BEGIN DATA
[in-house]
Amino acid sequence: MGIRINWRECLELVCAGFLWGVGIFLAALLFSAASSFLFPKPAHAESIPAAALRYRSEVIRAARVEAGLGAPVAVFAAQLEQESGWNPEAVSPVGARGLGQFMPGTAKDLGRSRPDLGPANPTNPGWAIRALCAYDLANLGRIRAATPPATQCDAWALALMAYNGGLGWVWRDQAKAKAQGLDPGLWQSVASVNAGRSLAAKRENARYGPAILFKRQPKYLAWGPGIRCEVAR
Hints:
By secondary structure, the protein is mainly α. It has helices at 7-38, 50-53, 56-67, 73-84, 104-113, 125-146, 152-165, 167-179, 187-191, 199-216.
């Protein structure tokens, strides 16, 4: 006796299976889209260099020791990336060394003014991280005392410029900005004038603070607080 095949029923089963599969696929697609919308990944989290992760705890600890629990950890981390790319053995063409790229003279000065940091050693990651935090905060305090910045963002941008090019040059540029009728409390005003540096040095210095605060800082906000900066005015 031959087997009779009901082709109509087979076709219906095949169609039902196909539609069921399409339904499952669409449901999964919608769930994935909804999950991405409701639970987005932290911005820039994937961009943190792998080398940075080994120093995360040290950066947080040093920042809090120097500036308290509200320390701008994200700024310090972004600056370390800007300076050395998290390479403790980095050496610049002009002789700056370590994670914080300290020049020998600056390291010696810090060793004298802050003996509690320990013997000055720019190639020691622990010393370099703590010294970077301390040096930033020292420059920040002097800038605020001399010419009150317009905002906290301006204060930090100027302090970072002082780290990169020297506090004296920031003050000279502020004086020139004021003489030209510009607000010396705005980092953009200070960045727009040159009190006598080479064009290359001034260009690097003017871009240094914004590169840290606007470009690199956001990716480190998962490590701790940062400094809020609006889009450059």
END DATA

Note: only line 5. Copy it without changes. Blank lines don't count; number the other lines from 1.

């Protein structure tokens, strides 16, 4: 006796299976889209260099020791990336060394003014991280005392410029900005004038603070607080 095949029923089963599969696929697609919308990944989290992760705890600890629990950890981390790319053995063409790229003279000065940091050693990651935090905060305090910045963002941008090019040059540029009728409390005003540096040095210095605060800082906000900066005015 031959087997009779009901082709109509087979076709219906095949169609039902196909539609069921399409339904499952669409449901999964919608769930994935909804999950991405409701639970987005932290911005820039994937961009943190792998080398940075080994120093995360040290950066947080040093920042809090120097500036308290509200320390701008994200700024310090972004600056370390800007300076050395998290390479403790980095050496610049002009002789700056370590994670914080300290020049020998600056390291010696810090060793004298802050003996509690320990013997000055720019190639020691622990010393370099703590010294970077301390040096930033020292420059920040002097800038605020001399010419009150317009905002906290301006204060930090100027302090970072002082780290990169020297506090004296920031003050000279502020004086020139004021003489030209510009607000010396705005980092953009200070960045727009040159009190006598080479064009290359001034260009690097003017871009240094914004590169840290606007470009690199956001990716480190998962490590701790940062400094809020609006889009450059």